While some form of defence cooperation has existed from the time most of Africa became independent nations in the 1960s and 1970s, and India established diplomatic relations with the new countries, it has taken off only in the last decade or so, especially on maritime security.
Until a few years ago, India’s defence and security role in Africa was largely confined to capacity building of the armed forces of several countries through training programmes held in beneficiary countries, and officers and staff of various African military forces being trained in Indian military institutions. Counterinsurgency and counter-terrorism training is also imparted. African peacekeeping troops have been regularly participating in training programmes at the Centre for UN Peacekeeping (CUNPK) in India. India has also assisted a number of African countries in setting up staff and command colleges. Indian military training teams are stationed in a few countries.
Another aspect of India’s security involvement has been in assisting disturbed countries in Africa, through participation in UN peacekeeping missions. In Africa, India is the second-largest troop contributor after Ethiopia. India has an assessed financial contribution of USD 11 million towards UN peacekeeping operations. The contribution of our troops to peacekeeping in the Congo, Somalia, Liberia, Burundi and Sudan is well appreciated. Almost 70% of the 173 Indian troops martyred in the line of peacekeeping duties have laid down their lives in Africa. [EAM’s remarks at the 15th CII-Exim Bank Digital Conclave on India-Africa Project Partnership, 22.09.2020 www.mea.gov.in]. In the post-conflict situation, we have offered our assistance for socio-economic rebuilding and development.
Peace, prosperity, stability and security are gaining ground in much of Africa, but there are countries particularly in the Sahel region (Mali, Niger, Chad, Burkina Faso), Central Africa (DRC, CAR) and the Horn of Africa (Djibouti, Eritrea, Somalia, South Sudan) that continue to face complex challenges. The Covid-19 pandemic has aggravated the situation. International terrorism has been on the rise in Africa. Terrorist groups particularly Boko Haram and Al Shabab with linkages to Afghanistan, Pakistan and Iraq, have been using Africa as a recruiting ground for jihad. India is primarily concerned with those instabilities directly affecting the maintenance of peace and stability, which are fuelled by terrorism and organized crime, particularly piracy. This has led to a significant scaling of the presence of the Indian Navy in the East African coastal areas from the Gulf of Aden to the Mozambique Channel.
A recent phenomenon has been maritime security cooperation. The Indian Ocean which links our landmass has acquired even greater salience in the India-Africa security architecture. Security and Growth for All in the Region (SAGAR) is India’s doctrine of maritime security and cooperation in the Indian Ocean Region (IOR), which includes many east and southern African countries and island states like Mauritius, Madagascar, Seychelles and Comoros. Under this doctrine, the Indian Navy has assisted countries in the IOR with exclusive economic zone surveillance, search and rescue operations and other such activities. HADR (Humanitarian Assistance & Disaster Relief) missions and hydrography surveys are being extensively utilised to boost our maritime cooperation.
Maritime domain awareness is increasingly becoming critical for coastline safety, securing the sea lanes of communication and protecting one’s legitimate assets on the sea. In this regard, India is keen to assist partner countries in the IOR to enhance their capacity and capability to monitor the situation in their waters. India has assisted Mauritius and Seychelles, among other countries, to enhance their coastal radar surveillance capacities and has also provided vessels, helicopters and aircraft for this purpose. It extended maritime security cover to Mozambique during the AU Summit in 2003 and during the World Economic Forum in Maputo in 2004. The Indian Navy has been engaged in constabulary duties in the Gulf of Aden since 2008 to tackle the menace of piracy.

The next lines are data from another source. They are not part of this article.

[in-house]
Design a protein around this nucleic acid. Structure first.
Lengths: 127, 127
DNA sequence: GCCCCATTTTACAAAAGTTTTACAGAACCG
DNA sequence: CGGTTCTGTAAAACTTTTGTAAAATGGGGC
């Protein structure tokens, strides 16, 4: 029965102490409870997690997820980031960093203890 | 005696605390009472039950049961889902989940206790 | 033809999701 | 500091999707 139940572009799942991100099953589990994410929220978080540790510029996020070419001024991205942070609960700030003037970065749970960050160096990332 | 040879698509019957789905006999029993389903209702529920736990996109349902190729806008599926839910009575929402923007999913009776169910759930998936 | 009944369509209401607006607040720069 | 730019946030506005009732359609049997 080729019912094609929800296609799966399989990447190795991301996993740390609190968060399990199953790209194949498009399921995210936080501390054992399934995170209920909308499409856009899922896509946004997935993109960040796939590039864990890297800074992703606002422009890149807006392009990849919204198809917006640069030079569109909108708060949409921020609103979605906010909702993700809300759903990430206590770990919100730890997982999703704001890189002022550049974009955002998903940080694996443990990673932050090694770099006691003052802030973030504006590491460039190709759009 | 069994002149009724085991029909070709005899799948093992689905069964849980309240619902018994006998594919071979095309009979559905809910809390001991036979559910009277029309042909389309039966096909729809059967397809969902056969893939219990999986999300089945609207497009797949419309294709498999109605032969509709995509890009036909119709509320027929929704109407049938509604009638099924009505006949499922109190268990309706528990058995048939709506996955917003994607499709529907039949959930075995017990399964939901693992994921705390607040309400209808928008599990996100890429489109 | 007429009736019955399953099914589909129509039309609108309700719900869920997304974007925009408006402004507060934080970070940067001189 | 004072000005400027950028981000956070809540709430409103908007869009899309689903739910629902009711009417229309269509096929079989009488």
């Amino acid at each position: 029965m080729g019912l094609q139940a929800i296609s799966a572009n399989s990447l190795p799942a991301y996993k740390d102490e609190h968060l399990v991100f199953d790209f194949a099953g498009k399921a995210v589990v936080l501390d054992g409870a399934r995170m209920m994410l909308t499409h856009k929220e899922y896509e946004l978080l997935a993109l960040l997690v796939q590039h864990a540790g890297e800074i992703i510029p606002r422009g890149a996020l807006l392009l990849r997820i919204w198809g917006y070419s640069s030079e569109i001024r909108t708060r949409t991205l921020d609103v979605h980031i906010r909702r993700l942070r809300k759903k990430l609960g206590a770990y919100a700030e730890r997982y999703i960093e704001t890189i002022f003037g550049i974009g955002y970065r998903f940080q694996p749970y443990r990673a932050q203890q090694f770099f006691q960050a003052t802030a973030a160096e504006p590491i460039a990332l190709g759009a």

The 2050 Africa Integrated Maritime Awareness Strategy (AIMS) underpins the fact that Africa sees the importance of maritime security and cooperation. It seeks to build capacities in African states to exert greater control of their geographical space including water, by
Both the African Union’s Agenda 2063 and AIMS are springboards for identifying areas of cooperation with external actors. The eighth Principle in Prime Minister’s address to the Ugandan Parliament commits India to work with African nations to keep the oceans open and free for the benefit of all nations. PM said the world needs cooperation, not competition to secure the safety and security of the space in the eastern shores of Africa and the eastern Indian Ocean. That is why India’s vision of Indian Ocean Security is cooperative and inclusive, rooted in security and growth for all in the region. We will have to find the ideal path to combine India’s SAGAR with Africa’s AIMS, and devise maritime security structures of mutual benefit to both.
In the evolving New World Order, India welcomes the rise of Africa as a key factor in the contemporary world. In his remarks at the 15th CII-Exim Bank Digital Conclave on India, Africa Project Partnership held on 22 September 2020, Dr S. Jaishankar, External Affairs Minister of India said, “For India, Africa’s rise as one of the global system’s poles is not just desirable, it is absolutely necessary. It is fundamental to our foreign policy thinking. Broader global rebalancing is incomplete without the genuine emergence of Africa.” India will work together with African and other like-minded countries towards a fairer global governance system, equitable global economic order and a development agenda for the benefit of the people.
India is conscious of the fact that Africa has many options for partnership in its path of growth, development and prosperity and India is not the only one. We aim to be an open, transparent partner without any baggage or preconditions. Our model of cooperation with Africa is demand-driven, consultative, participative, involving local resources, building capacities, and is based on Africa’s prioritization of its needs.